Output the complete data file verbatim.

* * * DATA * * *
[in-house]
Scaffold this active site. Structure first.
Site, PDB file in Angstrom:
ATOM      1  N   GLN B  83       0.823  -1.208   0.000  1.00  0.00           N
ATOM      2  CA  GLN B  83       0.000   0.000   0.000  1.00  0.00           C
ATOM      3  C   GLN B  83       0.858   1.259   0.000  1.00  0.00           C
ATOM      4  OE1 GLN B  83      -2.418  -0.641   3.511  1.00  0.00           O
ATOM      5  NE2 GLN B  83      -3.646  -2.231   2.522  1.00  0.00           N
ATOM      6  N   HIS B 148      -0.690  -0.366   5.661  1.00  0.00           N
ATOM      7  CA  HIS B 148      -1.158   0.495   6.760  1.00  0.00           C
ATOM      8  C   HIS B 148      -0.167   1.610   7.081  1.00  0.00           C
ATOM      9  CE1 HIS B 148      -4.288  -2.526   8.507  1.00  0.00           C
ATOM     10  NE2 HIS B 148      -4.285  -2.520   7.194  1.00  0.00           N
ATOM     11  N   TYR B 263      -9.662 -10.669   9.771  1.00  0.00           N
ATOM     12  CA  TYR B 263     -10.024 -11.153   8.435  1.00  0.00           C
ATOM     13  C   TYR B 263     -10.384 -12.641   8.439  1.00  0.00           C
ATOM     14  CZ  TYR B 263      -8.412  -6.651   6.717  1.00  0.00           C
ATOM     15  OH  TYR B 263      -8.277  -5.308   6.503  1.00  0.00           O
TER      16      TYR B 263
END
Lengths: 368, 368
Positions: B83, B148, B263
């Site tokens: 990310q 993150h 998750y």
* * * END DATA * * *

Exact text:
[in-house]
Scaffold this active site. Structure first.
Site, PDB file in Angstrom:
ATOM      1  N   GLN B  83       0.823  -1.208   0.000  1.00  0.00           N
ATOM      2  CA  GLN B  83       0.000   0.000   0.000  1.00  0.00           C
ATOM      3  C   GLN B  83       0.858   1.259   0.000  1.00  0.00           C
ATOM      4  OE1 GLN B  83      -2.418  -0.641   3.511  1.00  0.00           O
ATOM      5  NE2 GLN B  83      -3.646  -2.231   2.522  1.00  0.00           N
ATOM      6  N   HIS B 148      -0.690  -0.366   5.661  1.00  0.00           N
ATOM      7  CA  HIS B 148      -1.158   0.495   6.760  1.00  0.00           C
ATOM      8  C   HIS B 148      -0.167   1.610   7.081  1.00  0.00           C
ATOM      9  CE1 HIS B 148      -4.288  -2.526   8.507  1.00  0.00           C
ATOM     10  NE2 HIS B 148      -4.285  -2.520   7.194  1.00  0.00           N
ATOM     11  N   TYR B 263      -9.662 -10.669   9.771  1.00  0.00           N
ATOM     12  CA  TYR B 263     -10.024 -11.153   8.435  1.00  0.00           C
ATOM     13  C   TYR B 263     -10.384 -12.641   8.439  1.00  0.00           C
ATOM     14  CZ  TYR B 263      -8.412  -6.651   6.717  1.00  0.00           C
ATOM     15  OH  TYR B 263      -8.277  -5.308   6.503  1.00  0.00           O
TER      16      TYR B 263
END
Lengths: 368, 368
Positions: B83, B148, B263
């Site tokens: 990310q 993150h 998750y």